Once again, Walmart is trying to terrorize its workers into silence.
Earlier this month, hundreds of Walmart associates went on strike and travelled to Walmart's shareholders' meeting to protest Walmart’s brutal campaign of intimidation against workers who have demanded decent conditions, fair pay, and respect at work. Walmart's bosses have insisted that they're not trying to intimidate workers and that any associate can bring their concerns to management at any time. But in the weeks after the strike, Walmart fired 11 key leaders of the strikes.
As Walmart's sales and favorability ratings in opinion polls plummet, it's clear that decades of unethical behavior are catching up with the world's largest retailer. But instead of changing its ways, the company is trying to silence its critics. Walmart thinks that if it can scare its workers away from joining OUR Walmart, the workers' association, the pressure to improve working conditions will go away. Now consumers like us need to show Walmart that this thuggish behavior is unnacceptable.
Since their historic strike last Black Friday, Walmart workers have done an amazing job raising awareness about Walmart's exploitative policies, and their consequences for all of us. They even provoked Congress to release a report showing that each Walmart superstore costs taxpayers around a million dollars each year, because workers are so poorly paid that they need to rely on Medicaid, food stamps, and other public assistance. But Walmart has responded to workers' protest with over 150 documented instances of intimidation and retaliation.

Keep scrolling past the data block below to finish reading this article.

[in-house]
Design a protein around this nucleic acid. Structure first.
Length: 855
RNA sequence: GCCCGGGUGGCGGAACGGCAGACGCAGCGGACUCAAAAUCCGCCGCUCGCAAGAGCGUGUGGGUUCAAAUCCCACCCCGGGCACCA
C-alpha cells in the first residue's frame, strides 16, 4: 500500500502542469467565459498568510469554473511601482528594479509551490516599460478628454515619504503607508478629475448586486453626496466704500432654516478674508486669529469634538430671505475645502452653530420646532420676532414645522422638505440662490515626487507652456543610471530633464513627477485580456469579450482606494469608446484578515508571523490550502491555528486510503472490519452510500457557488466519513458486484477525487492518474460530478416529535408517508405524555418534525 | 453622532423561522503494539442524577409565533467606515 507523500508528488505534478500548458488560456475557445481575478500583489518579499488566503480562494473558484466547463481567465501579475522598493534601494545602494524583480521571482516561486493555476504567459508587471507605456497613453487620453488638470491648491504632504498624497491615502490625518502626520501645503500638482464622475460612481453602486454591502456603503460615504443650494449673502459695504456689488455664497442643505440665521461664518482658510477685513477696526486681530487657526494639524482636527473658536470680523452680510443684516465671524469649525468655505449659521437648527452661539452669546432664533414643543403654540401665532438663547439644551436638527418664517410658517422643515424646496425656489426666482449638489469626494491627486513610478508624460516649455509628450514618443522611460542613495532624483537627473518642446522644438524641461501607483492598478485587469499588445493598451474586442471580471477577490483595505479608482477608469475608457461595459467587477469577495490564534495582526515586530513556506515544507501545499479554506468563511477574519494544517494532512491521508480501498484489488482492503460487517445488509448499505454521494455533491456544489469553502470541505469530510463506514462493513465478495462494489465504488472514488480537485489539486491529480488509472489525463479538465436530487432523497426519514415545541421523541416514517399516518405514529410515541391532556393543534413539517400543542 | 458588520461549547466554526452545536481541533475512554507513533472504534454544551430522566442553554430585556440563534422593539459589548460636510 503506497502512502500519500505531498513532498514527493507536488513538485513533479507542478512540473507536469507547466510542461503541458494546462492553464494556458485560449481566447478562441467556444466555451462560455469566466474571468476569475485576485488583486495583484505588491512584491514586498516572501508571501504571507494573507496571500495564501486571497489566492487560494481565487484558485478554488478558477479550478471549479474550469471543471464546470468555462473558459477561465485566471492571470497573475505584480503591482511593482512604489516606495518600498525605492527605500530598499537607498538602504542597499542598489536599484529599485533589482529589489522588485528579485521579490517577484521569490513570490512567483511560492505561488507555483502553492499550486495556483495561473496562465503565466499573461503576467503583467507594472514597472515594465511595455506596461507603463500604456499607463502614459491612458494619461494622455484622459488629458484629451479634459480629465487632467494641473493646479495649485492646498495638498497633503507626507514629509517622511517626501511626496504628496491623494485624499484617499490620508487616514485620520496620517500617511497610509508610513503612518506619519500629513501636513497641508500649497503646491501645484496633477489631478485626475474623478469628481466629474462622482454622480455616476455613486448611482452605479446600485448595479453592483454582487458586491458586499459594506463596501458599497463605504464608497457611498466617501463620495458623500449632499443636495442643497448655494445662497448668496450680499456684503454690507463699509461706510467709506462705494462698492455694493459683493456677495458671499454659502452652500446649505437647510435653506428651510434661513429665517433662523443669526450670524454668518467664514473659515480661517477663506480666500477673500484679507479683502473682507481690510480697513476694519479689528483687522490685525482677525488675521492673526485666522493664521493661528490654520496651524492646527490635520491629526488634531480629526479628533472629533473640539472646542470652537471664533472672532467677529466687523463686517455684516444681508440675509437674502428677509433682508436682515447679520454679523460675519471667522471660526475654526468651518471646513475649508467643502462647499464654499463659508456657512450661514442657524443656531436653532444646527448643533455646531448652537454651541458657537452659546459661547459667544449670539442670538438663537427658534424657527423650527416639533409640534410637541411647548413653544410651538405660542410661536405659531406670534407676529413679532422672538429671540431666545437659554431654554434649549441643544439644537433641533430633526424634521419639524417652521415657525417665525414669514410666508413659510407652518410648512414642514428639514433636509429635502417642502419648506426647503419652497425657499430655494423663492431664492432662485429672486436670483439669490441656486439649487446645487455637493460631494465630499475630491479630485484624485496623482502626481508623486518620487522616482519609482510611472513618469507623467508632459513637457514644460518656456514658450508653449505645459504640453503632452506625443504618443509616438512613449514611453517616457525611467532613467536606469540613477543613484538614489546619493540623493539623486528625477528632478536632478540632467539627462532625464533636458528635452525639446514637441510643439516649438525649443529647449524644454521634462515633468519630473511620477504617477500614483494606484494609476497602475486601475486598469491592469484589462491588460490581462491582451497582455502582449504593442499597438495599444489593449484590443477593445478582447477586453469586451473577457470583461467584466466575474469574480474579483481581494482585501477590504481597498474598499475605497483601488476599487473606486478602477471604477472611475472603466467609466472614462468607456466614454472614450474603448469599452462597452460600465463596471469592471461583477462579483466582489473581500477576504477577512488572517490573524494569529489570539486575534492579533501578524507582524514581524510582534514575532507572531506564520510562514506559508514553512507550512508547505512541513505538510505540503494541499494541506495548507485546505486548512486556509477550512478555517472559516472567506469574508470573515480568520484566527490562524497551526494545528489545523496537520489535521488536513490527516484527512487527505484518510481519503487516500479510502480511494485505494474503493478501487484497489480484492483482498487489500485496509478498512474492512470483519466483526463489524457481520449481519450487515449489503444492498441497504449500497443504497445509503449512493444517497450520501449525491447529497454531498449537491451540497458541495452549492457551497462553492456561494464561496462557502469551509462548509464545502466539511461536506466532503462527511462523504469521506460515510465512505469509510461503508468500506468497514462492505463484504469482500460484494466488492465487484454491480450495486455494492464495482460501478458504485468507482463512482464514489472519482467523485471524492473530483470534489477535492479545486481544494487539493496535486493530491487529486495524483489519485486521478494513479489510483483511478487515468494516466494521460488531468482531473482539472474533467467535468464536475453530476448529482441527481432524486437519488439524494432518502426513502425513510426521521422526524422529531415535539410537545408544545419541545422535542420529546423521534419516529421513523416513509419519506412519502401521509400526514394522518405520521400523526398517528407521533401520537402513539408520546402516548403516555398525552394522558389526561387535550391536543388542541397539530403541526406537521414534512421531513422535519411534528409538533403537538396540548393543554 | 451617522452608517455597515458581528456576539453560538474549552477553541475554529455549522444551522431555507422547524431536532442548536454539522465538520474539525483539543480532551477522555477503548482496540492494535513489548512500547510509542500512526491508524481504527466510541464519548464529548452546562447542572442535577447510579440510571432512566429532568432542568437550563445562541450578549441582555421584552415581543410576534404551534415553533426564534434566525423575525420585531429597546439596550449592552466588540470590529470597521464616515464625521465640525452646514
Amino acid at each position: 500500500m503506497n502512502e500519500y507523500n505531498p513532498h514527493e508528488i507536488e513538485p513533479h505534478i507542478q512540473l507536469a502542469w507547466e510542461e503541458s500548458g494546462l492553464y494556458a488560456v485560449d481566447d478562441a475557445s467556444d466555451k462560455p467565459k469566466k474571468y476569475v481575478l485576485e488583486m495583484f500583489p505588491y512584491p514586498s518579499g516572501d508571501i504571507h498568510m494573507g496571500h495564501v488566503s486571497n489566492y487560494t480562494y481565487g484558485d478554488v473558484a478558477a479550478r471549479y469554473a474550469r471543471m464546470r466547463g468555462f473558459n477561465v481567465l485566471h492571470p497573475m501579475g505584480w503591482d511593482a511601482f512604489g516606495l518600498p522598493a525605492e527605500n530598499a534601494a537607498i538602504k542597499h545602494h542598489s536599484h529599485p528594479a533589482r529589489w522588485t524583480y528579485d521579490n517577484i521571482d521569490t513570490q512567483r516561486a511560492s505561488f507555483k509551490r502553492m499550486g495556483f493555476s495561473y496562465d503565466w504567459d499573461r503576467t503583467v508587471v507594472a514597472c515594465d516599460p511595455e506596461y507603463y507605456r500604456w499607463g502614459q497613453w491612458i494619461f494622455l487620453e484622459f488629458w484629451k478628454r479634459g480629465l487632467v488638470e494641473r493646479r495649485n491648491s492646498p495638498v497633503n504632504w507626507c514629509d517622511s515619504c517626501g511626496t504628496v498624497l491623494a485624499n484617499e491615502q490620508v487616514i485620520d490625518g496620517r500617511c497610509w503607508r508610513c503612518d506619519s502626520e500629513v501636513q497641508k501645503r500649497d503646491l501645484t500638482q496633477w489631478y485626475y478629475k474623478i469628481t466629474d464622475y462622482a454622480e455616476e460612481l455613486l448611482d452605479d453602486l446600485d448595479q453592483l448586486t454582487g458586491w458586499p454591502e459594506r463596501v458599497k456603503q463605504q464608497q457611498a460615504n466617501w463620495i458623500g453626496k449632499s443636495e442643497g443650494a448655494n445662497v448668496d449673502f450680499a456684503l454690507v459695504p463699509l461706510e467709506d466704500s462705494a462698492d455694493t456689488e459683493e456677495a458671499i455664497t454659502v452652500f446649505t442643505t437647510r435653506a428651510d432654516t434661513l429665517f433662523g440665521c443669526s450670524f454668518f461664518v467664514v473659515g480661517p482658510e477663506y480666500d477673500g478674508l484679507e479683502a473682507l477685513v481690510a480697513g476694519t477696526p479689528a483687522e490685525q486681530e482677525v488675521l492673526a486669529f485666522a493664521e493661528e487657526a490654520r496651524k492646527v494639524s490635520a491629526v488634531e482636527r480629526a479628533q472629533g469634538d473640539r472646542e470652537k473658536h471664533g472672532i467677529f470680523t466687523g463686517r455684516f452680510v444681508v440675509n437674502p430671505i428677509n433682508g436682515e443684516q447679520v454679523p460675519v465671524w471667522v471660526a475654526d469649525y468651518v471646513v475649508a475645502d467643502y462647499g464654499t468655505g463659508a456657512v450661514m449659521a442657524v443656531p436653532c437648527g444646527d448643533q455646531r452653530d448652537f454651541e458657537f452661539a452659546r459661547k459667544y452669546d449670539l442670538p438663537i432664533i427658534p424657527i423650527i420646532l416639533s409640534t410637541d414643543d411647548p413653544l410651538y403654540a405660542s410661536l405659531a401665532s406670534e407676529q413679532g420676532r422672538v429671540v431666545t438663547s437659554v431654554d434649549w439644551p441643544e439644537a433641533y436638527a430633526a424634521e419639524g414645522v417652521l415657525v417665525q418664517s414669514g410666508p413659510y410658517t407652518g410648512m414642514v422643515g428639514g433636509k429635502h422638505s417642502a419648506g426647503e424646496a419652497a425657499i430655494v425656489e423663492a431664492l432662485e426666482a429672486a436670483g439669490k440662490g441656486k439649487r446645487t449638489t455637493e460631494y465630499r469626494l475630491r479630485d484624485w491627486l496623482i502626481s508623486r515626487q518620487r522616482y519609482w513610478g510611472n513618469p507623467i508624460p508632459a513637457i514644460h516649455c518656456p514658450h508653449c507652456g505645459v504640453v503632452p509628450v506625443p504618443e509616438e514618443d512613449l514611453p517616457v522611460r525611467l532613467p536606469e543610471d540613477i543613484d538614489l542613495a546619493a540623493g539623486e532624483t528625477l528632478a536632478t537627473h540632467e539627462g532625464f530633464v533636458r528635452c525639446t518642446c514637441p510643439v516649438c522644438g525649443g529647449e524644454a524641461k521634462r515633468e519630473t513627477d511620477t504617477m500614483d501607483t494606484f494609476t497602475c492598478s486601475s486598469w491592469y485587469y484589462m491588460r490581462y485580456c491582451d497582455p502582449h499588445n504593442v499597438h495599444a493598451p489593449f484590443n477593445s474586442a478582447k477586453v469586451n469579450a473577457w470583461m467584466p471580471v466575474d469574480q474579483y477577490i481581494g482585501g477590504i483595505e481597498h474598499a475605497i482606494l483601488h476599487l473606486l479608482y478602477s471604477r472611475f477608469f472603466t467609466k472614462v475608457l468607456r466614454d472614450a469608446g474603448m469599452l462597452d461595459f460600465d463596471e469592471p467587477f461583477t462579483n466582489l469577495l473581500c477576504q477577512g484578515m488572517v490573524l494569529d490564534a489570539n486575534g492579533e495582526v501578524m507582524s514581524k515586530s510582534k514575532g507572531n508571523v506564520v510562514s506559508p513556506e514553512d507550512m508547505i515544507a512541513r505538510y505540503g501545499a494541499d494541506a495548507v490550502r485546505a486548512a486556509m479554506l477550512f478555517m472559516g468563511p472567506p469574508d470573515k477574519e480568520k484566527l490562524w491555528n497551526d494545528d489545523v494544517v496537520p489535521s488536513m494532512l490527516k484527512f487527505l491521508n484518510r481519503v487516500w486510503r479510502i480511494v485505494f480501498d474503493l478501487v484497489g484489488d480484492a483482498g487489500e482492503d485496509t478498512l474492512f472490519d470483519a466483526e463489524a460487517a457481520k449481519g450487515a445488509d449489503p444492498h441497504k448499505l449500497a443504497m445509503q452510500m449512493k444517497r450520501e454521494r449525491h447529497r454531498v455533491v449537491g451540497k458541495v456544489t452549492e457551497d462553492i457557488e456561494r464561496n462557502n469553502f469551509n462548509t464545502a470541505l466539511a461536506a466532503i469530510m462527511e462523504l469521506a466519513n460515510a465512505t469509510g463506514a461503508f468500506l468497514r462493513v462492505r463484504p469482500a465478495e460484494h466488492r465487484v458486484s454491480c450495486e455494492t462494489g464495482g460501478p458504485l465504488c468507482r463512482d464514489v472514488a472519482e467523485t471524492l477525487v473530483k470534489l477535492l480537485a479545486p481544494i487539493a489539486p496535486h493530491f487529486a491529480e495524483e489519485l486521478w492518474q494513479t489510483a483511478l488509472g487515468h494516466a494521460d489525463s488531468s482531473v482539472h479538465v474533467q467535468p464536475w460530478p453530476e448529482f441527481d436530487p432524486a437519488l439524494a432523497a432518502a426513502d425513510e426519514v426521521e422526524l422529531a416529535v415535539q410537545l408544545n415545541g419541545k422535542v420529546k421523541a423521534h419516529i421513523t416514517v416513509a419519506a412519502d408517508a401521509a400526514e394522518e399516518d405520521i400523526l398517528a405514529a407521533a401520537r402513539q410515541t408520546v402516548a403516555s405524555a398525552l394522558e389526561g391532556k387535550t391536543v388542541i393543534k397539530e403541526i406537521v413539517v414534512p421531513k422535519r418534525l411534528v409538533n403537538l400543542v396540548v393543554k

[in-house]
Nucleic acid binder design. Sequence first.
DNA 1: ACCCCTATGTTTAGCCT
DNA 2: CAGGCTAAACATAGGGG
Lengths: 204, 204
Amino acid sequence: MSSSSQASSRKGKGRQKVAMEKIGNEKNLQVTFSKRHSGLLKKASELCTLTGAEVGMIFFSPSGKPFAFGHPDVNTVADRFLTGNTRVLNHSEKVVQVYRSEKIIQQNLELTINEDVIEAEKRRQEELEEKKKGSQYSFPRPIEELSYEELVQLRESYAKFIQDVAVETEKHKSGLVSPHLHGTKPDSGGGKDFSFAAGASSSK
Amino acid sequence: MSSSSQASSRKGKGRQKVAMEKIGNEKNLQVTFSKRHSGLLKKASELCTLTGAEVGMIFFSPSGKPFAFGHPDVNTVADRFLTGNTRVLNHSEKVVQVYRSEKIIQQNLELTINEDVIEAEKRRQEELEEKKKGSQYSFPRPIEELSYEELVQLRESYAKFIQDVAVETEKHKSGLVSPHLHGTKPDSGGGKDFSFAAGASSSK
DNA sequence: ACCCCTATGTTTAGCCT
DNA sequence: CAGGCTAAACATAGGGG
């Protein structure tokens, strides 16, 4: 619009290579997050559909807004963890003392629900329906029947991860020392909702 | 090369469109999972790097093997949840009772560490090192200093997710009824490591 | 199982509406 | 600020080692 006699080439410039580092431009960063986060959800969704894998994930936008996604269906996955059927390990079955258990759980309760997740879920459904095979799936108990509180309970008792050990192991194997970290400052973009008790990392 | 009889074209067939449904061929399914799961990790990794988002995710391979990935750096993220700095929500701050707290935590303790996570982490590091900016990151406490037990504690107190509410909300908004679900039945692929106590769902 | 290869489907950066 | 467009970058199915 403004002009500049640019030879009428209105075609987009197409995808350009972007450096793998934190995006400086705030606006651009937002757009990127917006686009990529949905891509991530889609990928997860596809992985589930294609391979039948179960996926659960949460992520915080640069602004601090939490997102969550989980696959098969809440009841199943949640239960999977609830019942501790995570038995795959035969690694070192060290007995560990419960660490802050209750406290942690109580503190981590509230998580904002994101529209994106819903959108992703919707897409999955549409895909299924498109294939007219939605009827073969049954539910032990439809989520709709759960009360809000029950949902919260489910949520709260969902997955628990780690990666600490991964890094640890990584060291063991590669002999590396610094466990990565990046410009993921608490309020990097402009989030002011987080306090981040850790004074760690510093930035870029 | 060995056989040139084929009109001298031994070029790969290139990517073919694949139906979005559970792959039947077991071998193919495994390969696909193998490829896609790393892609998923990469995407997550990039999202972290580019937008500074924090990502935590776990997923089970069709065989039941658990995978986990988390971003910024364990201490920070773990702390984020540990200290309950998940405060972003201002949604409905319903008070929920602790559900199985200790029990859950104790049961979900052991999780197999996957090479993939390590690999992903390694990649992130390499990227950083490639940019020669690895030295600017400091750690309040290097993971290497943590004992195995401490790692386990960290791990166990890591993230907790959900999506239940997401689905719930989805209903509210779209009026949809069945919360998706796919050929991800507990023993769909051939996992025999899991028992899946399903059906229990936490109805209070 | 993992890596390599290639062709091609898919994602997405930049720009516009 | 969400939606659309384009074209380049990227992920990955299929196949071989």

Walmart says the workers were fired for violating its attendance policy. That's a ridiculous: the workers were on strike, and it's totally illegal to fire workers for striking. But with the National Labor Relations Board hamstrung by business interests in Congress, it can take a long, long time for labor law to actually be enforced. But we don't have to wait: let's remind Walmart that it's not about to improve its image by breaking the law and bullying workers.
This year, Walmart has lurched from one PR disaster to another. Walmart’s brand has been hammered by worker protests, the disasters in Bangladesh, a massive bribery scandal in Mexico. Its sales have plummeted in the last quarter, and opinion polls show Walmart’s favorability ratings key demographics that the company is courting plummeted 50 percent in 2012. Walmart is desperate to win back the public's favor, so we need to send it one clear message: respect your workers, respect our communities, and respect the law.